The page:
Saturday 16 January 2021


One of the greatest mysteries of the coronavirus pandemic is the truth about hospital capacity.  Cameras are seldom allowed in, but we are repeatedly told by media and politicians that they are at 'tipping point', on the verge of being overwhelmed and facing imminent disaster.  The problem is, they have been saying this throughout the winter and disaster has thus far been averted.  Furthermore, if such a doomsday scenario was imminent they would activated the multi-million pound Nightingale hospitals, but they mostly lie empty, collecting dust.  A little known fact is that only two of them ever received any patients at all during the pandemic.

While no-one here is suggesting that hospitals are empty and the virus doesn't exist, the authorities do nothing but throw fuel on the conspiracy fire with their knee-jerk hysterical reaction to anyone who seeks answers.  The rather unpleasant lady who wondered around Gloucester Royal Hospital filming empty corridors could have easily been ignored or debunked, but instead she was dragged out of bed and arrested the following day.  And for what heinous crime?  Curiosity?

This extreme response only serves to strengthen mistrust.

What also doesn't help is the very strange and somewhat inappropriate phenomenon of dancing nurses.  While we are all subjected to a daily barrage of scaremongering headlines about 'overwhelmed' hospitals and deaths by the thousand, on social media we are simultaneously exposed to hospital staff prancing around in TikTok videos.  It's fair to say that if you've recently lost relatives and loved ones, or they are currently on ventilators fighting for their lives - or if you are one of the thousands who have had treatment for serious illnesses cancelled or postponed - these performance videos are tasteless at best.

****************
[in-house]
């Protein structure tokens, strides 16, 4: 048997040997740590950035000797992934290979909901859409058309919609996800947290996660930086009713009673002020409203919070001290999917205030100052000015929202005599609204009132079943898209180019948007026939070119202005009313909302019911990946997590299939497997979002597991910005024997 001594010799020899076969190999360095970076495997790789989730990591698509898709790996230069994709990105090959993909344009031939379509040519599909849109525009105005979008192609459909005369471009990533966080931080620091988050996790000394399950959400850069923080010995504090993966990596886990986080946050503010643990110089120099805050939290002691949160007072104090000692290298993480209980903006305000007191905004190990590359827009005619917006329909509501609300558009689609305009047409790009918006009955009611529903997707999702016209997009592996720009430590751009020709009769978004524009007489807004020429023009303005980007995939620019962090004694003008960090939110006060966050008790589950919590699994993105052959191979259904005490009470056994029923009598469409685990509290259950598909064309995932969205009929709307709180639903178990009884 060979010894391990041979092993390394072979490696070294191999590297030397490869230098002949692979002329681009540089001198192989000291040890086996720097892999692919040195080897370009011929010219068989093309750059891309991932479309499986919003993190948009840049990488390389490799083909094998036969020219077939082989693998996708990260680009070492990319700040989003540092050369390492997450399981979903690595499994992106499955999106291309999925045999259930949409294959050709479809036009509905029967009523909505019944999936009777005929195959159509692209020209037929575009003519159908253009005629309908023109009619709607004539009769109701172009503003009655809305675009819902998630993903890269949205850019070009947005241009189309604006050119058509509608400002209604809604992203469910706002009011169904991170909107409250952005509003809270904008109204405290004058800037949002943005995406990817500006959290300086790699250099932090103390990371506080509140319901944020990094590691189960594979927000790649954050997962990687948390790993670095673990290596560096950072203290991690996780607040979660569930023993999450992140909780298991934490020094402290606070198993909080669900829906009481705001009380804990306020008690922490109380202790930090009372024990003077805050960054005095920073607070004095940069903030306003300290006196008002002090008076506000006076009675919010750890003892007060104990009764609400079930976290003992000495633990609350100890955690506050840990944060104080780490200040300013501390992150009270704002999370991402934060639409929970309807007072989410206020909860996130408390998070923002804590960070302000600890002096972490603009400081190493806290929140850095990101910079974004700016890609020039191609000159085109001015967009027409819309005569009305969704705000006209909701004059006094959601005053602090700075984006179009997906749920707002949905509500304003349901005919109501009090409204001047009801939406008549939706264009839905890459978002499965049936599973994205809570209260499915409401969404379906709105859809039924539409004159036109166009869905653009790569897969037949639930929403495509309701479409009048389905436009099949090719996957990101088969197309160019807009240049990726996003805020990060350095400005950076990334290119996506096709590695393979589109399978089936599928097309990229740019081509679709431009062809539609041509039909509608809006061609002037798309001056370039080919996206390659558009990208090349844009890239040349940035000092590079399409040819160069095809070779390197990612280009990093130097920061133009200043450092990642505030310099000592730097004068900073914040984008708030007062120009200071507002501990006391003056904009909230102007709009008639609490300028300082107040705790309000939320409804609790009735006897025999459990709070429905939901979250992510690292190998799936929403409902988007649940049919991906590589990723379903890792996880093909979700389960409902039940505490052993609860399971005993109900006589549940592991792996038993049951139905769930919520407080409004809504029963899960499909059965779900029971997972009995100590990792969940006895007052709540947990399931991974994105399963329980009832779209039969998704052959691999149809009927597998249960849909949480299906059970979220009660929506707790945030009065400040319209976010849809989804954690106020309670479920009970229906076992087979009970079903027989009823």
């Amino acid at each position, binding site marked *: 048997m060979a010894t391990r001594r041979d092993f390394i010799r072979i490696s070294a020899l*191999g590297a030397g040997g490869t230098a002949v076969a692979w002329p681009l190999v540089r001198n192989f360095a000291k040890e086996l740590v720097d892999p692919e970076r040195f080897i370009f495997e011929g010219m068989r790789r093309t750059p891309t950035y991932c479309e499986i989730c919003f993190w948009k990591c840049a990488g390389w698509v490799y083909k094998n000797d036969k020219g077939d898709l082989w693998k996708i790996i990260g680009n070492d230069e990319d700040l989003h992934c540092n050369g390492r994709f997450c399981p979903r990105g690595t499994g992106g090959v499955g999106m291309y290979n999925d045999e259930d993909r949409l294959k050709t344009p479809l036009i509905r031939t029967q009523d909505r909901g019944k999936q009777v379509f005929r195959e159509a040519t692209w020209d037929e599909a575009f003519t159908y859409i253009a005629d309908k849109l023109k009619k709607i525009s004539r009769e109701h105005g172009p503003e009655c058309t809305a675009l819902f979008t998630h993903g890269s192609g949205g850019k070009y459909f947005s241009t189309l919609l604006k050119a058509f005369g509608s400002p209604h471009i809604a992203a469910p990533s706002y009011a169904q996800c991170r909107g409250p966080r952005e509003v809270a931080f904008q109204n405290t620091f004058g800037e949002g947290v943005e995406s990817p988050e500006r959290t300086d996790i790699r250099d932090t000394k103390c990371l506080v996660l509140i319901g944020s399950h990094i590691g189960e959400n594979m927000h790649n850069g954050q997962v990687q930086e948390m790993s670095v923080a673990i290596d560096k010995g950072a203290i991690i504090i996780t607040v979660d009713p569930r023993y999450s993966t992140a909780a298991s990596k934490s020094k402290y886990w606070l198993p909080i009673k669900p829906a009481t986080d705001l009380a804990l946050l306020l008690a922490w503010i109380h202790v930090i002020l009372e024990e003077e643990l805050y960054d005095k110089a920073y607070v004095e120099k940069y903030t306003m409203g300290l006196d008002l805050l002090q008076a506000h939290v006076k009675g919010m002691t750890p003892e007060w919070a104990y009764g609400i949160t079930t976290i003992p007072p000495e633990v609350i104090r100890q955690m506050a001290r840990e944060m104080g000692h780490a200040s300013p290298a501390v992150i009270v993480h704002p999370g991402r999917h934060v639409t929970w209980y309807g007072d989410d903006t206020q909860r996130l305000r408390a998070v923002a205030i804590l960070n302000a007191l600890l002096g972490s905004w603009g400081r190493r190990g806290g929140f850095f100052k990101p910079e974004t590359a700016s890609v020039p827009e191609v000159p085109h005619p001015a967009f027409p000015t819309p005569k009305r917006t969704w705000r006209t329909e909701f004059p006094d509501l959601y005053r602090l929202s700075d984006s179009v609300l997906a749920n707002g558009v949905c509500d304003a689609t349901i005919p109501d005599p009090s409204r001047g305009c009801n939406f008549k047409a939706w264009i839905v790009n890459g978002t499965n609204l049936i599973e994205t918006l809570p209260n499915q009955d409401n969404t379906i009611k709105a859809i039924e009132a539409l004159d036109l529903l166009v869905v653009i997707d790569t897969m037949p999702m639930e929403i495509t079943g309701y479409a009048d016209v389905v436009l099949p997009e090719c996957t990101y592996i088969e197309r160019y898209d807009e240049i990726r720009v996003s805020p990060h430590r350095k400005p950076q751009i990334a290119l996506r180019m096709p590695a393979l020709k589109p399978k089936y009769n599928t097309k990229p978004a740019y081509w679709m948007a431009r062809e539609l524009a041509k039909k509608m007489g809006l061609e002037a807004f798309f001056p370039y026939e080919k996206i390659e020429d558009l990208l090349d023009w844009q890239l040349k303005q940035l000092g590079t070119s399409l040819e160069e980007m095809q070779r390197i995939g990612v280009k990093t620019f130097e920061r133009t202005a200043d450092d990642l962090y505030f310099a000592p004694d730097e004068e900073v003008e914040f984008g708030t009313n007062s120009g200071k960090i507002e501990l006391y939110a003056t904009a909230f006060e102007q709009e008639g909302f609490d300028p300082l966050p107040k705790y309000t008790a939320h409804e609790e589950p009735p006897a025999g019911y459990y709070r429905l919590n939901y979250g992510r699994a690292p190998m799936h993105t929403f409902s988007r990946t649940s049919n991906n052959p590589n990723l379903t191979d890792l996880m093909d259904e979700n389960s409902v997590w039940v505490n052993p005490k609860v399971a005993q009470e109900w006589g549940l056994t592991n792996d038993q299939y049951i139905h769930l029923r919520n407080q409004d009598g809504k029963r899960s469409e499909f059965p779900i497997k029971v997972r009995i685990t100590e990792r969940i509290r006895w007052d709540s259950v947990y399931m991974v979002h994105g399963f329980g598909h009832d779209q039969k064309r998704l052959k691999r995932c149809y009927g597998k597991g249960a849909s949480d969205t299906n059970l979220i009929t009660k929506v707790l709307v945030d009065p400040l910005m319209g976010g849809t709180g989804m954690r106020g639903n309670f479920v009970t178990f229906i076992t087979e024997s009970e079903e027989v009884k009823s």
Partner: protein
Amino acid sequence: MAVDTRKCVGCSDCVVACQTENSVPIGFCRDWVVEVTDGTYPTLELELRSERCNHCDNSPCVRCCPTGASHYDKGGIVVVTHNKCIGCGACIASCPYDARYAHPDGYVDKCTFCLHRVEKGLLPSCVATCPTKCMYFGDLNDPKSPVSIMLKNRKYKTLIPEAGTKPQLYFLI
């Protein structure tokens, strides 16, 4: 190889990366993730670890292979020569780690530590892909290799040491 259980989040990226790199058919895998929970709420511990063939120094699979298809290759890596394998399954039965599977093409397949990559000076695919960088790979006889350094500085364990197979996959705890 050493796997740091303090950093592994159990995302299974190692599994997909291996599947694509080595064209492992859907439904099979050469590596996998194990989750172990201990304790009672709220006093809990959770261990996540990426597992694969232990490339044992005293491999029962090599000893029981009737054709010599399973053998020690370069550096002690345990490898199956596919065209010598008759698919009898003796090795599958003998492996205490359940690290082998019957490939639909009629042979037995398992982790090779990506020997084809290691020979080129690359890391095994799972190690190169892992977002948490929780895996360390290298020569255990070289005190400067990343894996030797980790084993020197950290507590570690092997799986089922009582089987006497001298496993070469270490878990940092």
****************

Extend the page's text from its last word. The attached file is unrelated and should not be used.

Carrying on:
The dancing nurse phenomenon was dissected by conservative commentator Lauren Southern on her YouTube channel recently (click below for video).

One comment on this video summed up dancing nurses perfectly: "Imagine if truck drivers and farmers were doing TikTok dance videos while people were starving from food shortages".  Indeed.

It's almost as if we're being trolled.

Meanwhile, actual NHS statistics show that hospital capacity this winter overall is less than last winter.  That's a staggering revelation for a country in the grip of a deadly pandemic.  The first to expose these figures was the Daily Mail in several articles published in the last couple of months, including this one from December 18.  But it's not just the wicked right-wing Daily Mail that has been disclosing this NHS data.  The BBC has also released some interesting graphics using the same data, albeit not via their nightly fearmongering news bulletins.

On December 2 the Beeb published an article on its website entitled: Does the NHS really need protecting?  This included the following graphic (note the source: NHS England).

On December 28 the Beeb published an article on its website entitled: Concern at 'unprecedented' infection level in England.  This included the following graphic, showing hospital admissions over a three month period for each UK region.  The source in this case was the UK government.  This data reveals that exponential growth in hospital admissions was limited to London, the south-east and the east of England.  Everywhere else showed a peak in admissions around October and November, but were now either in decline, flattening or increasing slightly.

More recently the Beeb published details of hospital bed occupancy for the whole of December in an article published on January 7 entitled: How busy are hospitals in England?  The graphic compared December 2019 with December 2020 and showed that for each of the four weeks of December 2020 hospital bed occupancy was less than it was twelve months earlier.  The source was the NHS itself.

What this shows is that despite all the lurid headlines and warnings from politicians, not all hospitals are at breaking point.  So why repeatedly say that they are?  To perpetuate fear, nothing else.

A people who live in constant fear are much easier to control.